• In patients with DCIS, what is the impact of surgery, radiation, and systemic treatment on outcomes?
  • What are the most critical research questions for the diagnosis and management of DCIS?

An impartial, independent panel will be charged with reviewing the available published literature in advance of the conference, including a systematic literature review commissioned through the Agency for Healthcare Research and Quality. The first day and a half of the conference will consist of presentations by expert researchers and practitioners and open public discussions. On Thursday, September 24, the panel will present a statement of its collective assessment of the evidence to answer each of the questions above. The panel will also hold a press conference to address questions from the media. The draft statement will be published online later that day, and the final version will be released approximately six weeks later. The primary sponsors of this meeting are the NIH National Cancer Institute and the NIH Office of Medical Applications of Research.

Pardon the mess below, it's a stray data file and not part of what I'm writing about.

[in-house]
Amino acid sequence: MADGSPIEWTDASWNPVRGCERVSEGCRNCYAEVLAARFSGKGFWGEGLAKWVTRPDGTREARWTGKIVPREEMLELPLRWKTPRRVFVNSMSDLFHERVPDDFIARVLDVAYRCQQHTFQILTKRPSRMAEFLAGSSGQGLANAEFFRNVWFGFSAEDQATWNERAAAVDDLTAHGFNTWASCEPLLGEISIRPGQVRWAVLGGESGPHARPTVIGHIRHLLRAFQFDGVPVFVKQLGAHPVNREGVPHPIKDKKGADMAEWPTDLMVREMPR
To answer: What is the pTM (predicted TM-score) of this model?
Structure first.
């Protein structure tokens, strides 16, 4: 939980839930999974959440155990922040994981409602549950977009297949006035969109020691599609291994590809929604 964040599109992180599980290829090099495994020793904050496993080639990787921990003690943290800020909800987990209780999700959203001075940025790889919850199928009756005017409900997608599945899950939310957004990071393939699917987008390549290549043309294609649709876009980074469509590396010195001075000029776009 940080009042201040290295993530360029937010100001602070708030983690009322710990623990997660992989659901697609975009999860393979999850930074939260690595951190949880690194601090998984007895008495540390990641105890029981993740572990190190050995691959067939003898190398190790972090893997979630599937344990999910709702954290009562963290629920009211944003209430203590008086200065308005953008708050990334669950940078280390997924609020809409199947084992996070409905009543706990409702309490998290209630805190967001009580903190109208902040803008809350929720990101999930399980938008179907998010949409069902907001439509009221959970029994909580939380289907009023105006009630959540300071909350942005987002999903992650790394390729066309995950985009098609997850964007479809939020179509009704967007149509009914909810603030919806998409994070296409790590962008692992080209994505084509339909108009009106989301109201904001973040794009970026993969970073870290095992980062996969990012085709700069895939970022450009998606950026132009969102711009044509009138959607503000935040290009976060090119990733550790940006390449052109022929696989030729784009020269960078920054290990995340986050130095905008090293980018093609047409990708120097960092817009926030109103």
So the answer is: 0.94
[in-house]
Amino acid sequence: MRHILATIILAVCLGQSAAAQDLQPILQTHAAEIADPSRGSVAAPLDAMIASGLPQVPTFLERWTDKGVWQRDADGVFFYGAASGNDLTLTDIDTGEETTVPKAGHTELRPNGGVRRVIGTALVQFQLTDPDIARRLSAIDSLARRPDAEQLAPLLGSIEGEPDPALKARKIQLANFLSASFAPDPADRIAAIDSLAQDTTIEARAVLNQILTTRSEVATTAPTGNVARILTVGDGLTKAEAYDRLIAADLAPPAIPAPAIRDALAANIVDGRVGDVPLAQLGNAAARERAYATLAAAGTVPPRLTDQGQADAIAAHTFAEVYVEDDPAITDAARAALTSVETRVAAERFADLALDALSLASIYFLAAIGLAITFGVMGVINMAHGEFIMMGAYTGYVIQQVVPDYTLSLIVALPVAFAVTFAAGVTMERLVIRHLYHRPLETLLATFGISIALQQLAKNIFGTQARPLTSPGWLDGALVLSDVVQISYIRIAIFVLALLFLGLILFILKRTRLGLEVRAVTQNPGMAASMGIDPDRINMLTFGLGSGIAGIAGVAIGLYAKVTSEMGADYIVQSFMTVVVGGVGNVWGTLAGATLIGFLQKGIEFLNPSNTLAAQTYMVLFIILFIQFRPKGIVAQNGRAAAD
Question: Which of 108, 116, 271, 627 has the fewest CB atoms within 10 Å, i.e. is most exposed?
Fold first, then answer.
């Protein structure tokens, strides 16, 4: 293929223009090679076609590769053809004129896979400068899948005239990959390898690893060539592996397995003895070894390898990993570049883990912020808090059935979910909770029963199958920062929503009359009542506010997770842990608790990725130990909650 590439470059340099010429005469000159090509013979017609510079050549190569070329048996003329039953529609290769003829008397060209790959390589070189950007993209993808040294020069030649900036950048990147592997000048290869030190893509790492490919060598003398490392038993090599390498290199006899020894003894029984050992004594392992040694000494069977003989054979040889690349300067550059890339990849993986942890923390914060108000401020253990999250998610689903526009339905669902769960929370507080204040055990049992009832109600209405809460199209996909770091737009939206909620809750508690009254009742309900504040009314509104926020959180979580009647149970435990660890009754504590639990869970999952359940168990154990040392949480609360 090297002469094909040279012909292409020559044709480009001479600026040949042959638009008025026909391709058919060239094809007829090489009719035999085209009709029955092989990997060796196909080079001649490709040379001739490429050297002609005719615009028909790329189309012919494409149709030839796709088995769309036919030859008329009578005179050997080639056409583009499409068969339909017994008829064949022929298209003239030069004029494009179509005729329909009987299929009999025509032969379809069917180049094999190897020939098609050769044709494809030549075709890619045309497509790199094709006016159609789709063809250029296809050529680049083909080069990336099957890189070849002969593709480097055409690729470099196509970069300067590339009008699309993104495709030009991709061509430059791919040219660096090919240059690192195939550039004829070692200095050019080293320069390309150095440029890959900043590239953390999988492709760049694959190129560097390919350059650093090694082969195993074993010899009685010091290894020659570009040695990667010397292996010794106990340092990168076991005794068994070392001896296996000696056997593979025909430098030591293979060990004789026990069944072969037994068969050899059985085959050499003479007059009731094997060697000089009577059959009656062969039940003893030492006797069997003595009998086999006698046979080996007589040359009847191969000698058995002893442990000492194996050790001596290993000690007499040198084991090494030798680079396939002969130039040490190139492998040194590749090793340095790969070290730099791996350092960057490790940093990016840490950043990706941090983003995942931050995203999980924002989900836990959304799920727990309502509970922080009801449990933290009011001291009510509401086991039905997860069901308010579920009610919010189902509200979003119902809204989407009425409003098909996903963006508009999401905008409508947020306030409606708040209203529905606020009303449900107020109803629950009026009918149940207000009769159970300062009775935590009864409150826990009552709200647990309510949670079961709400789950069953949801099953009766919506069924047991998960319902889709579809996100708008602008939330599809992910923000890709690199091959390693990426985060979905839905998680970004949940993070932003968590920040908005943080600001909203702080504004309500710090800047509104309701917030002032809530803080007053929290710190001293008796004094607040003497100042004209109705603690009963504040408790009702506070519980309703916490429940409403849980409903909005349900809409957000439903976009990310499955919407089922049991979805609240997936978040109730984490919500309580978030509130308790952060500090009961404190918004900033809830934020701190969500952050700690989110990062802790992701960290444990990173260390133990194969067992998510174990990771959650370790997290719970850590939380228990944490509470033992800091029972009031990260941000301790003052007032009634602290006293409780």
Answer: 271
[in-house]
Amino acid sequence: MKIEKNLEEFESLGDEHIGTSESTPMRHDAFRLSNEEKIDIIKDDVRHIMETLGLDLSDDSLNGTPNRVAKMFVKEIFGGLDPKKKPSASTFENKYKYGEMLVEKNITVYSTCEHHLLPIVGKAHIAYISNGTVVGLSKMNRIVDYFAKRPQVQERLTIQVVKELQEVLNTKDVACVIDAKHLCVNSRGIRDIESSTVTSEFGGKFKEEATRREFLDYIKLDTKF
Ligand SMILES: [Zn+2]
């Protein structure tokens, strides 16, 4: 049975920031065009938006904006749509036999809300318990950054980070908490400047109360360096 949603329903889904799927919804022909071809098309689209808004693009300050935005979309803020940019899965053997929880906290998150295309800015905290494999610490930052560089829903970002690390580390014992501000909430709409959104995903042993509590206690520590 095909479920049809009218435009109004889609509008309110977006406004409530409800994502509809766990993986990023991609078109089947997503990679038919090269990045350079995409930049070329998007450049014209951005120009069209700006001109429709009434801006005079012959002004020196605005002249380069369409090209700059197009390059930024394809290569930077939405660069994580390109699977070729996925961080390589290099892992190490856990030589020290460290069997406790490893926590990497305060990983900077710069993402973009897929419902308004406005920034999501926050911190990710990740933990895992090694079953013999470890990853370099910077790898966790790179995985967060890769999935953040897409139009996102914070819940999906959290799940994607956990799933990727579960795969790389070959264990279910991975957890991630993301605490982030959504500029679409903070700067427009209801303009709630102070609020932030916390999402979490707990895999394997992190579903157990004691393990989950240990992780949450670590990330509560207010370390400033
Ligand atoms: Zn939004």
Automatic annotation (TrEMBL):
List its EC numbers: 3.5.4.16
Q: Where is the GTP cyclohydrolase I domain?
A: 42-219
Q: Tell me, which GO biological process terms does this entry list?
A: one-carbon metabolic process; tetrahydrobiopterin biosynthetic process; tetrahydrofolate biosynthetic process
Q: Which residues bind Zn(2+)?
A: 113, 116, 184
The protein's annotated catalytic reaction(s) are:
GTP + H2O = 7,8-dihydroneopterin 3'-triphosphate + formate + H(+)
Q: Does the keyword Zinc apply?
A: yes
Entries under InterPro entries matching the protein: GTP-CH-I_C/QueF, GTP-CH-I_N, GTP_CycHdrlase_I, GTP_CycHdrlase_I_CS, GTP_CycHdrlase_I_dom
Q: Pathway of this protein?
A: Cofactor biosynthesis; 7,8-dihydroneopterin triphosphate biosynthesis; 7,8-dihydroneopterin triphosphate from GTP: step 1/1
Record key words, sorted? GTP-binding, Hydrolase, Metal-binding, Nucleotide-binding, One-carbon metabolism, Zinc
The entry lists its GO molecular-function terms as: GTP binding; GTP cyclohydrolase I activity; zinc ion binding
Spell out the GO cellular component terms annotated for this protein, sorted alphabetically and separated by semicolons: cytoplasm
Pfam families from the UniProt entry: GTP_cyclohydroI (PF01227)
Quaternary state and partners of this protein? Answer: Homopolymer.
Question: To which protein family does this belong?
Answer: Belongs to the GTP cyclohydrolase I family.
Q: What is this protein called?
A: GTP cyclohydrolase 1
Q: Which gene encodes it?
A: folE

Advance information about the conference and conference registration materials may be obtained from American Institutes for Research of Silver Spring, Maryland, by calling 888-644-2667 or by sending e-mail to consensus@mail.nih.gov. The American Institutes for Research's mailing address is 10720 Columbia Pike, Silver Spring, MD 20901. Registration information is also available on the NIH Consensus Development Program Web site at http://consensus.nih.gov.

Please Note:

The NIH has instituted security measures to ensure the safety of NIH employees, guests, and property. All visitors must be prepared to show a photo ID upon request. Visitors may be required to pass through a metal detector and have bags, backpacks, or purses inspected or x-rayed as they enter NIH buildings. For more information about the security measures at NIH, please visit the Web site at http://www.nih.gov/​about/​visitorsecurity.htm.

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Dated: May 20, 2009.

Lawrence A. Tabak,

Acting Deputy Director, National Institutes of Health.

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[FR Doc. E9-12376 Filed 5-27-09; 8:45 am]